bigstock-expecting-baby-doing-a-pregnan-41515396The Equal Employment Opportunity Commission (EEOC) recently issued its “Enforcement Guidance on Pregnancy Discrimination and Related Issues.” It was no minor undertaking. According to the EEOC’s Questions and Answers about the Guidance, it “updates prior guidance on this subject in light of legal developments over the past thirty years.” This Guidance comes as little surprise. As we previously reported here, pregnancy discrimination has been receiving increasing attention from the EEOC as well as state legislators.

The prime focus of the Guidance is on the Pregnancy Discrimination Act (PDA). Enacted in 1978 as an amendment to Title VII of the Civil Rights Act of 1964, the PDA prohibits discrimination in employment based on pregnancy, childbirth, or related medical conditions. Regarding the scope of its coverage, the Guidance explains that the PDA protects current pregnancy, past pregnancy, potential or intended pregnancy, and medical conditions related to pregnancy or childbirth.

While the Guidance includes a number of interesting points, of particular note are the following:

* Concerns About Ability to Perform Job. Employers sometimes express concerns about a pregnant individual’s ability to perform her job. The EEOC warns in the Guidance, however, that although pregnant or fertile women might be excluded from certain jobs if there is a bona fide occupational qualification (BFOQ), this defense “is an extremely narrow exception” that “cannot be based on fears of danger to the employee or her fetus, fears of potential tort liability, assumptions and stereotypes about the employment characteristics of pregnant women such as their turnover rate, or customer preference.”

* How Long Is the Employee Protected? Another issue employers often face is how much time one can be “past” pregnant and still be protected. It depends, advises the EEOC, and “[a] lengthy time difference between a claimant’s pregnancy and the challenged action will not necessarily foreclose a finding of pregnancy discrimination if there is evidence” of discriminatory animus. In fact, a very recent case from the U.S. District Court for the Southern District of New York addresses this issue. In Albin v. LVMH Moet Louis Vuitton, Inc., a judge denied a motion to dismiss a discriminatory failure-to-promote claim on the basis of gender, finding that the plaintiff belonged to the protected class where an adverse employment action could be considered to have been in the making three and a half months after the birth of her child. See 12-cv-4356 (S.D.N.Y. July 8, 2014). The court observed that, in the Second Circuit, generally, women are protected “approximately four months from the date of birth,” but whether they are protected depends both on the particular facts alleged as well as the timing of the adverse employment action “‘and when it is first set in motion.’” Indeed, how time is measured matters, as the court explained:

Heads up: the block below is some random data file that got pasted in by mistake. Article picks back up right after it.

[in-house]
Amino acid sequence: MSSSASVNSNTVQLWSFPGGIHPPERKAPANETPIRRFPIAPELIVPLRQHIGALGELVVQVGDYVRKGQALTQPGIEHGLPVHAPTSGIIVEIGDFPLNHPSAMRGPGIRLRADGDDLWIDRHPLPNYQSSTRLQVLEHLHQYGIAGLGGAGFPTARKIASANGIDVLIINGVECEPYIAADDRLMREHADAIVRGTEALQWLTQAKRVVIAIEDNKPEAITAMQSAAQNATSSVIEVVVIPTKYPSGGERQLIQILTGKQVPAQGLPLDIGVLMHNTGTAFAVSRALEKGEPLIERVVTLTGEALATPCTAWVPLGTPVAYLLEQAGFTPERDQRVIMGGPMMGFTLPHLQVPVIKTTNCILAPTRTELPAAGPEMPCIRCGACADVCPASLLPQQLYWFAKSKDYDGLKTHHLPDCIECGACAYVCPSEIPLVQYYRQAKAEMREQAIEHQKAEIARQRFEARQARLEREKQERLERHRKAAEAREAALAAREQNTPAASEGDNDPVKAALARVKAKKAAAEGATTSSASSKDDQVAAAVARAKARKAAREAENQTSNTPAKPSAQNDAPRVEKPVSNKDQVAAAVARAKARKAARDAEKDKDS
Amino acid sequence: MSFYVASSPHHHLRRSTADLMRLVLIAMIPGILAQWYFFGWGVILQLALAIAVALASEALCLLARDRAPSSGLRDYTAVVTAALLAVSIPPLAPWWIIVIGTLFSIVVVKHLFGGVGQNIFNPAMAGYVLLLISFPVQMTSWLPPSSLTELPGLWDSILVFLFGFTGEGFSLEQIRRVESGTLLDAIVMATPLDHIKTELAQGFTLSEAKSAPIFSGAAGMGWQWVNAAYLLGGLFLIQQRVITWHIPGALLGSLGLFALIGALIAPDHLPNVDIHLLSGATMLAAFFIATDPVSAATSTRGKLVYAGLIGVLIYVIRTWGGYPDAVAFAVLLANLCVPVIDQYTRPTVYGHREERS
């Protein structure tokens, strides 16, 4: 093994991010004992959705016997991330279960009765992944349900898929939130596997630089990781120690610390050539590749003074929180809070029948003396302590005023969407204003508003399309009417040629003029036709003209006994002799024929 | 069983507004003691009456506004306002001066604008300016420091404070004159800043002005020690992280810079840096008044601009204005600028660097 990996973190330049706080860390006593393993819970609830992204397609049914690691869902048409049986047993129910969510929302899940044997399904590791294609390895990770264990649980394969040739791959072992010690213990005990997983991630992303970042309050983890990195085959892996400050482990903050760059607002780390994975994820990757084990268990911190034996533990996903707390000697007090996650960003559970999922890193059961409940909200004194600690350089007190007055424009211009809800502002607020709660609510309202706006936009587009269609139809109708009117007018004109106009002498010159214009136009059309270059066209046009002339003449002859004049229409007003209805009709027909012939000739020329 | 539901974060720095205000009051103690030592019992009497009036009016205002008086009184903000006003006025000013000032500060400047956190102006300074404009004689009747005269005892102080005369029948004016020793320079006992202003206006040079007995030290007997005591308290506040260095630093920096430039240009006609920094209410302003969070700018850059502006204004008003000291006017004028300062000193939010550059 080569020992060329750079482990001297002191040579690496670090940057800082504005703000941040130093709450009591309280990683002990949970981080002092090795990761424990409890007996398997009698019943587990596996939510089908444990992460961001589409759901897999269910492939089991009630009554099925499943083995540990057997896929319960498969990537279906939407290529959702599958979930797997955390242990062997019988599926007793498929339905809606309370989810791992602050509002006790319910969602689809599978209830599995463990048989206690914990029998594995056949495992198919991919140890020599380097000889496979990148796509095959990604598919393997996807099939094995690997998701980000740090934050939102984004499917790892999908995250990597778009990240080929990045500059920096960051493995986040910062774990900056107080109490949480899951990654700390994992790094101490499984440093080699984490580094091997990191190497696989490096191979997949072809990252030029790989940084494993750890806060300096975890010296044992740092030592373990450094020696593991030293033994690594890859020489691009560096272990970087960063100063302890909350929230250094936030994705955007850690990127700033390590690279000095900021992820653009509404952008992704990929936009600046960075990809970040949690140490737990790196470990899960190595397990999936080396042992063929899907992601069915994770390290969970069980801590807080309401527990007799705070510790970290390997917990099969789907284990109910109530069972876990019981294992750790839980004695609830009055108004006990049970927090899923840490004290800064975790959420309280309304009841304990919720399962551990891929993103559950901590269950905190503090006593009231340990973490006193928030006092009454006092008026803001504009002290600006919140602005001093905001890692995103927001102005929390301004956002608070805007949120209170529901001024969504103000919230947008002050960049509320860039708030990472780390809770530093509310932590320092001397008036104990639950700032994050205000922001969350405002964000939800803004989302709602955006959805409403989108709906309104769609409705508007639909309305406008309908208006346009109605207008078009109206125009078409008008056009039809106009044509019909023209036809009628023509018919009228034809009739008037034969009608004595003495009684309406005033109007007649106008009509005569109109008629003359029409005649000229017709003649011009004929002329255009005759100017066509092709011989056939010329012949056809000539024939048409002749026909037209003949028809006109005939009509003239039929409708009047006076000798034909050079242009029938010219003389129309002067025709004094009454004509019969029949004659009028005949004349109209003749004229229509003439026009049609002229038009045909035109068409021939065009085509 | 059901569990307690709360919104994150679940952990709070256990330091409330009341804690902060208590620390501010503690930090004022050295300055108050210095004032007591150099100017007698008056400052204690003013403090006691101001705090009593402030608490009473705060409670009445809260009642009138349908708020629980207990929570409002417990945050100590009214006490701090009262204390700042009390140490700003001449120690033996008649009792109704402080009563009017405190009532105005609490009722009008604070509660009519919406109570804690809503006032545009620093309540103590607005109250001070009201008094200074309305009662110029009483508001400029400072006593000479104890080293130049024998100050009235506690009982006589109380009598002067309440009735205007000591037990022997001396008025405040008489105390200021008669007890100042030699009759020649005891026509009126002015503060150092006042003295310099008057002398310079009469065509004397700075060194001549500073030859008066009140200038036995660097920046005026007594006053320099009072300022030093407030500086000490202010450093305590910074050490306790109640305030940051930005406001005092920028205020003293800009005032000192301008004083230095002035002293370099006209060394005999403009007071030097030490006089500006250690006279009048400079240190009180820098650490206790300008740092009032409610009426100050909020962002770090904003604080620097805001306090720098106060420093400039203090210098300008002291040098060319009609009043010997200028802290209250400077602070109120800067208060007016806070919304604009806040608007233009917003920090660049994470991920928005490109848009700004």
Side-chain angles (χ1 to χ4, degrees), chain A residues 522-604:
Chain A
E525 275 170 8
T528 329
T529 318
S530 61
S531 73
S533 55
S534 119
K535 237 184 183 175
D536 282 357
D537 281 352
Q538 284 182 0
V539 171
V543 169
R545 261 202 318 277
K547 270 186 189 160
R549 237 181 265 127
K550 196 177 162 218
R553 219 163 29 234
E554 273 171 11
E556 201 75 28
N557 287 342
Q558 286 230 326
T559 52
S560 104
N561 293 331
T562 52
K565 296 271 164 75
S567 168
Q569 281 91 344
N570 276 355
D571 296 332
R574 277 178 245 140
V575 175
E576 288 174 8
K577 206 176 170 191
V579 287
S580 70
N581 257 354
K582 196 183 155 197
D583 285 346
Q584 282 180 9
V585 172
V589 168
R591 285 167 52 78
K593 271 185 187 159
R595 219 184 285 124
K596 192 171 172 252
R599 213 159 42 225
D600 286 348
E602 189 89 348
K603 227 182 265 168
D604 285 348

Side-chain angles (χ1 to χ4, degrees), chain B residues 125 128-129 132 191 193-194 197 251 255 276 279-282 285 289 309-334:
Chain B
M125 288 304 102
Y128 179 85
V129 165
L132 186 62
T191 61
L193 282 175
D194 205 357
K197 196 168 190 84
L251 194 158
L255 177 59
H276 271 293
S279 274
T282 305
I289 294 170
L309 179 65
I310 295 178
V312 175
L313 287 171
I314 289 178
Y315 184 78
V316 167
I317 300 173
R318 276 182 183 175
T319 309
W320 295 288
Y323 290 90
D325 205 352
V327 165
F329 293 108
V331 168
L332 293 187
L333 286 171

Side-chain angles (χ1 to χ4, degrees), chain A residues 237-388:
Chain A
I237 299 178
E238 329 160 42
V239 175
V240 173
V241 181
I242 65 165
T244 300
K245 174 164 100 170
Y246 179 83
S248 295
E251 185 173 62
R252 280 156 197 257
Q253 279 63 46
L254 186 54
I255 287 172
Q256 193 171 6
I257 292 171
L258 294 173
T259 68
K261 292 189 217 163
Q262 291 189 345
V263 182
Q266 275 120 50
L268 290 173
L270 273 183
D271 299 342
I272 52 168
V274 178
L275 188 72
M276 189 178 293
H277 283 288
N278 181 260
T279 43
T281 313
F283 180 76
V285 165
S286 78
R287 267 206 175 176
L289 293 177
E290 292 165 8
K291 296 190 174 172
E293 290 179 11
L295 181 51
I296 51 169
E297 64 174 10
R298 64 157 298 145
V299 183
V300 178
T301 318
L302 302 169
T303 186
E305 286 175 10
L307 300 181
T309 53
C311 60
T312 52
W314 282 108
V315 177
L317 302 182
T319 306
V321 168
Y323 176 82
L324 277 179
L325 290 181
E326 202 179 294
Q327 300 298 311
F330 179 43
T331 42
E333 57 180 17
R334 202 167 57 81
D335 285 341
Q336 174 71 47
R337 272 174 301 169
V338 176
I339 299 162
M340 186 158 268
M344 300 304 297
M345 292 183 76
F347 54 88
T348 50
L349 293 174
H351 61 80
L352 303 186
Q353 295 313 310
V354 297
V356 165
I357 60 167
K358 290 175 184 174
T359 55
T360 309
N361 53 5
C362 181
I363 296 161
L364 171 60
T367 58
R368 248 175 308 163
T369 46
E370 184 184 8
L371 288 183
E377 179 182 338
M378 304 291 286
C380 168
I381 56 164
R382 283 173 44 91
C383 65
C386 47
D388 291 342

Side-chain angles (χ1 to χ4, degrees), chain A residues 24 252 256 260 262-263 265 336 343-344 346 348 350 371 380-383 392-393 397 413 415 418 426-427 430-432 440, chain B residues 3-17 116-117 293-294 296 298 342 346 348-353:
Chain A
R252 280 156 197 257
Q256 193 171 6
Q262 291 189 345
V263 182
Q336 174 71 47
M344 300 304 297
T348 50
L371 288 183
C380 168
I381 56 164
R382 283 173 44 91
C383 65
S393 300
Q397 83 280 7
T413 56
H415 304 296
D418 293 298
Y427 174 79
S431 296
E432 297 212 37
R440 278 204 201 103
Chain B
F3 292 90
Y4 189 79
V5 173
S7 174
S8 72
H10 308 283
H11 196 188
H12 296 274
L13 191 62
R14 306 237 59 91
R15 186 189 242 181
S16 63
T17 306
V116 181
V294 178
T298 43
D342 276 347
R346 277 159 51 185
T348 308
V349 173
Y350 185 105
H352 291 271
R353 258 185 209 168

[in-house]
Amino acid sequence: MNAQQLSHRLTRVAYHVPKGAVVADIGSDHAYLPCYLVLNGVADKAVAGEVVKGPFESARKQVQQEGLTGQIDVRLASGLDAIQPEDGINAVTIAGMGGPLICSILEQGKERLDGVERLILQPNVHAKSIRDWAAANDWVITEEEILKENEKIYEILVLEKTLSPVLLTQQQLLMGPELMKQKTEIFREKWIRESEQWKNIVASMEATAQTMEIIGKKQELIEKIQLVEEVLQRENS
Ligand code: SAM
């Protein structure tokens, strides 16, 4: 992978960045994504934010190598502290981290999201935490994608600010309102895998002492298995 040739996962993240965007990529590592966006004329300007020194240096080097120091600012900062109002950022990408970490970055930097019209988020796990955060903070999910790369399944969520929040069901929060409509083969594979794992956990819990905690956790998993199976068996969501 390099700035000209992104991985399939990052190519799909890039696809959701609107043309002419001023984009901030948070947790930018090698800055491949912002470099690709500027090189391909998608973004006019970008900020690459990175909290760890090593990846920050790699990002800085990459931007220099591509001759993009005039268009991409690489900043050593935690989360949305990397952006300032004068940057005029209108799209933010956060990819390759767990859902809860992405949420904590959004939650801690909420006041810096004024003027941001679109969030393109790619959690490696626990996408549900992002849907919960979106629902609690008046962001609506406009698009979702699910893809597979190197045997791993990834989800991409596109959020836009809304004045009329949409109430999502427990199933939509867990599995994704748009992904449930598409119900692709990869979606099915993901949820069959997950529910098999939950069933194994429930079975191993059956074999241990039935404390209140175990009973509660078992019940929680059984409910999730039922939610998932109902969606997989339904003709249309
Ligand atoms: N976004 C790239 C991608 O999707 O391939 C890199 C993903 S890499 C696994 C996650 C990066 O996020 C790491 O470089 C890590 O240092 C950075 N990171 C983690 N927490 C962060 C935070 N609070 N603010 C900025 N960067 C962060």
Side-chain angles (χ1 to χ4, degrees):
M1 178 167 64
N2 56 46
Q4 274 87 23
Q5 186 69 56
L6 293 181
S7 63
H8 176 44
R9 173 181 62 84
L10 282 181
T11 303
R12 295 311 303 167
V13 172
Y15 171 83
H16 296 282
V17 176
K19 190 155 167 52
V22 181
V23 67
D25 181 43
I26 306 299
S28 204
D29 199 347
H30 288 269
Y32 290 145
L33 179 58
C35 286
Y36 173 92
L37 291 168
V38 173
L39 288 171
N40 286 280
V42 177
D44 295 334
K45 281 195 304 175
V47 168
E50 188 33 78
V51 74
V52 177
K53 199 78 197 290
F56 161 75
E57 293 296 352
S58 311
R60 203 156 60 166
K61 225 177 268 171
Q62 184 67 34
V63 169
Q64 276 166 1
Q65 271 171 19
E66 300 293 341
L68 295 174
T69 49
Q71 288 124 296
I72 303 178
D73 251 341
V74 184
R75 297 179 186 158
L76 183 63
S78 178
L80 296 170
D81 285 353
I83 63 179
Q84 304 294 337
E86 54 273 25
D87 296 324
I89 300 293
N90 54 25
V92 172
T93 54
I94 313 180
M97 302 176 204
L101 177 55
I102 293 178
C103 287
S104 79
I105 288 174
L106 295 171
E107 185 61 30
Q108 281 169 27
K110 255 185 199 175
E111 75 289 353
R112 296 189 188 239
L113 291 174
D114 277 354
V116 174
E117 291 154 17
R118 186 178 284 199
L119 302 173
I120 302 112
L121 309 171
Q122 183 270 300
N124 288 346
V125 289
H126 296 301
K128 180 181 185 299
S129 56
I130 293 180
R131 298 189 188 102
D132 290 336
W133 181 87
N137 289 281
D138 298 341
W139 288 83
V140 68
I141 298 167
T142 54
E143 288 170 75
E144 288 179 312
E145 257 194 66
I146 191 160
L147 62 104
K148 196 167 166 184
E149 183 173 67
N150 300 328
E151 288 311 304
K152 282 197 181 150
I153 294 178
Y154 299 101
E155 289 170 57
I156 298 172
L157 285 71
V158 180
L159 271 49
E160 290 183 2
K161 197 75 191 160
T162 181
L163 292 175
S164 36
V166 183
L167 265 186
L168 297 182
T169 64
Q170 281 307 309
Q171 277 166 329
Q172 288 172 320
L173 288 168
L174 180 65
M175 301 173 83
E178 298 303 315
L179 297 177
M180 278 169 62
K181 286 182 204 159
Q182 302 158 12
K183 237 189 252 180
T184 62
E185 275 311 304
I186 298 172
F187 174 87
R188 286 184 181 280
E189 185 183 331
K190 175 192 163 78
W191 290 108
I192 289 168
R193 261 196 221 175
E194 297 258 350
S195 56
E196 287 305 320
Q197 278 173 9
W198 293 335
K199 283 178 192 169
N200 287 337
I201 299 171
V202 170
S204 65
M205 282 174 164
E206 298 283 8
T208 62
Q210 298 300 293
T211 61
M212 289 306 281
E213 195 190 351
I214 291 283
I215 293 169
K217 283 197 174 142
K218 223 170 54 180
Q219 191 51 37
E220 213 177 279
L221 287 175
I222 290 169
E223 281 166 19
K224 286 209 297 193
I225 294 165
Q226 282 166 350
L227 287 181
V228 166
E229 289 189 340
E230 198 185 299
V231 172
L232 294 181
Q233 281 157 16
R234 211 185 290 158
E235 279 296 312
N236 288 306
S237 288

[I]t is not instantly clear from what date the alleged discrimination should be judged. If the discrimination originated from [the] [p]laintiff’s initial email expressing interest in the managerial position, then the discriminatory act in question occurred just three and a half months after she gave birth. However, if the discriminatory act is not measured until either the date of hire of the other candidate, or the day [the] [p]laintiff received notice of her rejection, then the act in question transpired six or six and a half months from the date of birth, respectively. Therefore, identifying when the adverse employment action occurred is likely necessary to determine whether [she] is still considered affected by her past pregnancy.

The court picked the first of these possible scenarios to declare that the plaintiff “is comfortably situated among similar pregnancy discrimination cases.”

* Same Treatment as Others. The PDA, as the Guidance notes, also mandates that “individuals affected by pregnancy, childbirth, or related medical conditions be treated the same for all employment-related purposes as other persons not so affected but similar in their ability or inability to work. Thus, an employer is obligated to treat a pregnant employee temporarily unable to perform the functions of her job the same as it treats other employees similarly unable to perform their jobs, whether by providing modified tasks, alternative assignments, leave, or fringe benefits.” While an undue hardship defense to offering an accommodation is still available, as with disabilities, in practice this might be difficult to establish. Employers should proceed with caution, not automatically assuming that certain changes to the way things are normally done would be too burdensome and therefore not required. Moreover, the Guidance reminds employers that “[w]hile pregnancy itself is not a disability, pregnant workers and job applicants are not excluded from the protections of the ADA.” The EEOC further reminds employers that “[c]hanges to the definition of the term ‘disability’ resulting from enactment of the ADA Amendments Act of 2008 (ADAAA) make it much easier for pregnant workers with pregnancy-related impairments to demonstrate that they have disabilities for which they may be entitled to a reasonable accommodation under the ADA.”

Employers are encouraged to read the Guidance, as it concludes by offering some “best practices.” As always, BakerHostetler attorneys remain available to assist employers in understanding how this Guidance may impact their business as well as navigating federal, state, and local laws related to pregnancy.